Residents of Fort Washakie on the Wind River Indian Reservation in Wyoming who would like “visual service” can travel only a few miles to attend a videoconference meeting with a claims representative located 110 miles away at the SSA field office in Casper. In the year that the video channel has been in place, one SSA office has gotten more than 130 claims, in contrast to the handful it received during the same period of the previous year, Schremp reports.
“I see this as an incredible opportunity to provide face-to-face service in the government,” he says. “With broadband, we’re delivering a level of service that far surpasses what we were doing 20 years ago, when, on occasion, we even made house calls.”
Sitting in a Washington, D.C., coffee shop, John Moore spotted a man wearing a North Dakota baseball cap, so he struck up a conversation about an exciting program he’s working on in the state.
Moore, a program analyst in the U.S. General Services Administration (GSA), described the North Dakota Government Rural Outreach project, which delivers technology infrastructure, equipment and training to the state’s far-flung citizens to better connect them with government services. The man in the baseball cap, whom Moore had assumed was a tourist, said he was well aware of the program. In fact, he helped get it off the ground. Moore then realized he was talking with Sen. Byron Dorgan (D-N.D.).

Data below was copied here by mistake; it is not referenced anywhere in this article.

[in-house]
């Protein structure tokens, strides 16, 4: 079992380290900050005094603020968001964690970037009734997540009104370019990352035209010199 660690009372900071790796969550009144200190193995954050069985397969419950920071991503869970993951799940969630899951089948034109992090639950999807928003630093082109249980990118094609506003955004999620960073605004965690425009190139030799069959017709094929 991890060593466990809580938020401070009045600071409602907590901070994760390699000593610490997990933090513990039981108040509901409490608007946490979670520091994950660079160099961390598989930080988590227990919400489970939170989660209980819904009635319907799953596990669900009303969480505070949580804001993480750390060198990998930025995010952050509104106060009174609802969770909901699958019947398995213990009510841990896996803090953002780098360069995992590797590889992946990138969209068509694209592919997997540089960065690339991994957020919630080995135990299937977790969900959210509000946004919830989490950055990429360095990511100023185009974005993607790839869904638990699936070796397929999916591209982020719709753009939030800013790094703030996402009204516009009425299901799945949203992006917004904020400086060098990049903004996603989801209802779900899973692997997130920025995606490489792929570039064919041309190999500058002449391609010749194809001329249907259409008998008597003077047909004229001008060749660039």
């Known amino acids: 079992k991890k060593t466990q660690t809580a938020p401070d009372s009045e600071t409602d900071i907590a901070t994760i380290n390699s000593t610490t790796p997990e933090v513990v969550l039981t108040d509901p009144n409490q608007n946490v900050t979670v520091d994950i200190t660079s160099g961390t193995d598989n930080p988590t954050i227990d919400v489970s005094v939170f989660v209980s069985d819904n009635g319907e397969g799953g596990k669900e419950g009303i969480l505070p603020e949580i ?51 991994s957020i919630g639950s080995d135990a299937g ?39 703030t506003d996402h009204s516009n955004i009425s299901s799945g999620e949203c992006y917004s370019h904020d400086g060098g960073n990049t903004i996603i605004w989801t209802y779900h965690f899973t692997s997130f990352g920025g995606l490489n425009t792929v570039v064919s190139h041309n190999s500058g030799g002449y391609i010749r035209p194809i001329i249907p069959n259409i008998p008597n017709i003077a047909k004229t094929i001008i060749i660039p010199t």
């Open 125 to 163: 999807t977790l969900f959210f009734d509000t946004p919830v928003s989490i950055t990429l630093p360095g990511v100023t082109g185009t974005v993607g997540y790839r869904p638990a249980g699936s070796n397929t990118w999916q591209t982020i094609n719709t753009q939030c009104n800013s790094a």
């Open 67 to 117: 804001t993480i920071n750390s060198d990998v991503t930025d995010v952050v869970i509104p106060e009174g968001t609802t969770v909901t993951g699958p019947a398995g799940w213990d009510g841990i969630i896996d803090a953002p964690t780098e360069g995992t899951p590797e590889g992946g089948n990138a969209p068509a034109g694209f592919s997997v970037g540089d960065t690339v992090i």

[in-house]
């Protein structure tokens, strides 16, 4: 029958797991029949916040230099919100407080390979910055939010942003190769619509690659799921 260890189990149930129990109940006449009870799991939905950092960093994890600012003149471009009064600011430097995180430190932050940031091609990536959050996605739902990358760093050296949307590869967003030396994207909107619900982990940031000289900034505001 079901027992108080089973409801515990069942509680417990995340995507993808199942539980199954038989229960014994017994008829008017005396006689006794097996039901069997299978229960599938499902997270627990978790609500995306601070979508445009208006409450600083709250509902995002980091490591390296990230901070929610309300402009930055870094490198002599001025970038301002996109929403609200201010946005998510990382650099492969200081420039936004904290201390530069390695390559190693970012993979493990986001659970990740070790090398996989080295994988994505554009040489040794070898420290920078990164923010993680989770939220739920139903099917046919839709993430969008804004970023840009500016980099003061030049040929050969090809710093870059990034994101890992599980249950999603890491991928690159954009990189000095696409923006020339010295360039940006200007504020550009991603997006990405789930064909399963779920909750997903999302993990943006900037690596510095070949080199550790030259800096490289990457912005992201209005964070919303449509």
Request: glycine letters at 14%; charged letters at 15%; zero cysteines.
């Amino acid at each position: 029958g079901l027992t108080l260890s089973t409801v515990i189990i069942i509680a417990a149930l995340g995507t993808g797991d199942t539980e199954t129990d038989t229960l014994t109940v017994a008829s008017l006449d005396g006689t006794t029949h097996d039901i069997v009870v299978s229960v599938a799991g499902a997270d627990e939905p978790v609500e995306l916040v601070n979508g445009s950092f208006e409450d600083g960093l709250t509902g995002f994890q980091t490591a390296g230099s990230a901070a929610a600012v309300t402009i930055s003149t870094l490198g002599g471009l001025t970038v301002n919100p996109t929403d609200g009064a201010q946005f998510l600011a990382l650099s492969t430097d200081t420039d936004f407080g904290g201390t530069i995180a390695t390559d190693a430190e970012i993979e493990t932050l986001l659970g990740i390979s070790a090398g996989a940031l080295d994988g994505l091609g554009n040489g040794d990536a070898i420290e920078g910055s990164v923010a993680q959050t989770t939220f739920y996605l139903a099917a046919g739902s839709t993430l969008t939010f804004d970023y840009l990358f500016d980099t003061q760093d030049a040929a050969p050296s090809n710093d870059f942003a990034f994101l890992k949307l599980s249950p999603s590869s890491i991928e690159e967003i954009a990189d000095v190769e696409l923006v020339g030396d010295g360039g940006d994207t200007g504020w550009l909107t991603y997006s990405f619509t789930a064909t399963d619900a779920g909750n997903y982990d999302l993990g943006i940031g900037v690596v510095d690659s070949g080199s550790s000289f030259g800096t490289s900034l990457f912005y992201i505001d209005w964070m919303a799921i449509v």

The encounter captured the essence of North Dakota, a state with only 634,000 residents. North Dakotans have ready access to their mayor and governor, often because they know them as friends.
“In a large state, I would be lost in the nowheres,” Preacher Smathers says, “whereas in a state like North Dakota, anyone who wants to can have an impact.”
The catch is that those few people—9.3 per square mile—are dispersed across a vast landscape, which makes it difficult to reach all of them with government services. Of the state’s 373 cities and towns, the 20th largest one has only 2,336 residents.
“The bulk of the towns have 500 or fewer people,” explains Glenn Miller, director of the Government Rural Outreach initiative at the University of North Dakota in Grand Forks. For many of them, filing for Social Security benefits or renewing a driver’s license could mean driving 100 miles on country roads, which may be icy in winter.
Extending government services across rural regions is a challenge faced by states around the country. But North Dakota’s unique combination of big-state and small-community characteristics makes it the perfect place for government to examine what causes the rural divide, explore the problems it creates for citizens and find strategies to eliminate it.
Like other states, North Dakota is finding that technology can serve as a bridge to those rural stretches. The trick is getting that technology to them.
“We still have people who think that you throw computers into these rural areas and something magical happens,” Miller says. “But it’s more complex than that.”
In North Dakota, most schools and libraries have T-1 lines, so a fair amount of infrastructure extends to small rural towns. However, as Miller points out, “People don’t all live in town. And when they live out of town, it tends to be quite a way out.”